Say a prayer for our Armed Forces today

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Last night the National Geographic Channel showed the documentary “Restrepo”, a year-in-the-life film about U.S. troops stationed in the Korengal  in Afghanistan in 2007. One of the filmmakers, Tim Hetherington, was killed in Libya last week while filming troops there.

I have the utmost respect for our armed forces, the Intelligence Community, and all of those who are so willing to sacrifice for the freedom of others, and watching a film like “Restrepo” just reinforces that. Be warned: it is coarse and rough, with strong language and shocking violence. But that is the reality that our troops face everyday, and we do ourselves–and them–no favors when we whitewash it. We need to see what they go through on a daily basis so that we might better understand, and then minister to, those who endure so much for us.

A friend of mine from high school is married to Staff Sgt. John Shannon, the senior sniper of the Ghost Recon Platoon with the 1/503rd Battalion, 2nd Infantry Division in Iraq who was grievously wounded in combat in 2004. His service medals tell the tale of the kind of man he is: Purple Heart, Army Commendation Medal (x2), Army Achievement Medal (x4), Army Superior Unit Award, Army Good Conduct Medal (x4), National Defense Service Medal (x2), Global War on Terrorism Expeditionary Medal, Global War on Terrorism Service Medal, Korea Defense Service Medal, Armed Forces Services Medal, Iraq Campaign Medal, Non-Commissioned Officer Professional Development Ribbon (x2), Army Service Ribbon, Overseas Service Ribbon, Combat Infantryman Badge, Expert Infantryman Badge, Excellence in Competition Rifleman Badge, Parachutist Badge, Air Assault Badge and Army Basic Recruiter Badge (Gold). In spite of a head injury that should have killed him, he and his wife Torrey have made it their life’s work to fight for other injured vets and their families. Even after such injuries, he continues to fight for others.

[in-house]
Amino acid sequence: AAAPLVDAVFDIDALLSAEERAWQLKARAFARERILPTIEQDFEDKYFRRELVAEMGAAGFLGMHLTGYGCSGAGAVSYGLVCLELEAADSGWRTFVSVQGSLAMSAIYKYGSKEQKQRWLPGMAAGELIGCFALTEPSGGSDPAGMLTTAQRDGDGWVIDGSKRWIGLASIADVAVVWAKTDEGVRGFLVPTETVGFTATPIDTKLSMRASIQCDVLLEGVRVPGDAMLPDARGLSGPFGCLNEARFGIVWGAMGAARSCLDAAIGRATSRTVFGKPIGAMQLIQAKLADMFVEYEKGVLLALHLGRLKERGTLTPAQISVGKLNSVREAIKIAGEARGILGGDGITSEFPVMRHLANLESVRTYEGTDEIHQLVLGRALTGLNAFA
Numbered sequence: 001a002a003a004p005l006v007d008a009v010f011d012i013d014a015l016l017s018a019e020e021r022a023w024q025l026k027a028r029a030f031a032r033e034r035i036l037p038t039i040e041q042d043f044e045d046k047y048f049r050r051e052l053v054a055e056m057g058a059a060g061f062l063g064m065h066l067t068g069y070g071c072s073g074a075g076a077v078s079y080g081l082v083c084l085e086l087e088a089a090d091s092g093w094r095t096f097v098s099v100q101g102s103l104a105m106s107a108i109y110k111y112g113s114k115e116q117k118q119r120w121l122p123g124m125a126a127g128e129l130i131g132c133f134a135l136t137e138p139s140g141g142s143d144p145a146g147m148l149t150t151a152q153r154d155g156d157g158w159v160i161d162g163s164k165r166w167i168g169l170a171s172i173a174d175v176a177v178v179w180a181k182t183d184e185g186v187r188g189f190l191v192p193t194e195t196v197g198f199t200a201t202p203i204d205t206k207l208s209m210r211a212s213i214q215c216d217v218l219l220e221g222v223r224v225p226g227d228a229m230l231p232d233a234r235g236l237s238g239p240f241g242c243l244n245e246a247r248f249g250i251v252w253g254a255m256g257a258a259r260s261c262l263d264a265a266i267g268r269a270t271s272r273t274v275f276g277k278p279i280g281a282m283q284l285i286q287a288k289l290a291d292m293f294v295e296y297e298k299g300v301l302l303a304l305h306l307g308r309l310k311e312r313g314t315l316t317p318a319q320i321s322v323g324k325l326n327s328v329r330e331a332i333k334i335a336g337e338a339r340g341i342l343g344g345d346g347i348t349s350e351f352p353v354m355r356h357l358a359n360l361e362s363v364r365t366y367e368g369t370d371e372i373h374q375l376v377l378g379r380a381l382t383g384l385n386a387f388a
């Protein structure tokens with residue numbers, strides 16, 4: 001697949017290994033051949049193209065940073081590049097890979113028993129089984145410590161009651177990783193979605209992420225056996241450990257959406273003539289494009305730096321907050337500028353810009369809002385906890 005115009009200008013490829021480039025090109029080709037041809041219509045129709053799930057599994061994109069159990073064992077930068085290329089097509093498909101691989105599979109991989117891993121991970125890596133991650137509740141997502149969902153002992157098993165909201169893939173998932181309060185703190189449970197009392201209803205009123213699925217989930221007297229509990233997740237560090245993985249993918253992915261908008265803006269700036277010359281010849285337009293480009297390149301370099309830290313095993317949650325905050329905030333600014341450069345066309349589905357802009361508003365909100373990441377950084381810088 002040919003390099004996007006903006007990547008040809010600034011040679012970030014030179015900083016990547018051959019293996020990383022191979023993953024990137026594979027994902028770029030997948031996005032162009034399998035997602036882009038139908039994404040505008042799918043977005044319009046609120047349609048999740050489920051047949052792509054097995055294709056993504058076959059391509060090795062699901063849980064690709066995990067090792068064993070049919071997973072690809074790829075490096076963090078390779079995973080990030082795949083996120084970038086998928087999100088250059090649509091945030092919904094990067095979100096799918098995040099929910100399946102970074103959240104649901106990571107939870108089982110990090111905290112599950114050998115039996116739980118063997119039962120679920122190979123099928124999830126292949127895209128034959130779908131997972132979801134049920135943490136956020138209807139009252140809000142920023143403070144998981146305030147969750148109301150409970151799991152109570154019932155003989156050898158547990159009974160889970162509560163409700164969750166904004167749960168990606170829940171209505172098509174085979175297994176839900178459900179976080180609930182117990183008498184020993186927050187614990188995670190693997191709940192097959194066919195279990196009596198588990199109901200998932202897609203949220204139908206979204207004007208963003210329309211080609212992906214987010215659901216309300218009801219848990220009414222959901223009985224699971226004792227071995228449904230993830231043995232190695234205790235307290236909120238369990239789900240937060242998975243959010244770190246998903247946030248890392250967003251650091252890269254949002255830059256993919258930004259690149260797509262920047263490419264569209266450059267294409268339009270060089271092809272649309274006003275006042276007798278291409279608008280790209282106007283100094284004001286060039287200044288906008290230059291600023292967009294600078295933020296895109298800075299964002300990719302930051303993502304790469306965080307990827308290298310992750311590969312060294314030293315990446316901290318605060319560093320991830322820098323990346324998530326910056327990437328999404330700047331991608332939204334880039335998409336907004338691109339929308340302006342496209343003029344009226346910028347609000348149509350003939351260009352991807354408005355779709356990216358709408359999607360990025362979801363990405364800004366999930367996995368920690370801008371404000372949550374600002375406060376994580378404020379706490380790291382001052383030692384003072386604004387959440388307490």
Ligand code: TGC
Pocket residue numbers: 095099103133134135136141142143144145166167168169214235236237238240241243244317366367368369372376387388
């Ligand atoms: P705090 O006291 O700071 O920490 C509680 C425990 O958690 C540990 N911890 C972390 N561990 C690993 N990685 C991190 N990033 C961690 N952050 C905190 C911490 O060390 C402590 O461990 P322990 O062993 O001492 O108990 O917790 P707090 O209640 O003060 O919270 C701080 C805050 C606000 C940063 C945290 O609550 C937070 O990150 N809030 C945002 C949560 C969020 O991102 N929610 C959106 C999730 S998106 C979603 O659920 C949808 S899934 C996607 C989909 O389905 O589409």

I wish I had the power and resources to help each of these wounded vets so that they never had to worry about medical treatments, psychological counseling, and financial struggles ever again, but I don’t. What I do have is the privilege and the power to pray for them, and I must never neglect that awesome responsibility. If men like John Shannon can continue to fight for what they believe in, what excuse do you and I have?

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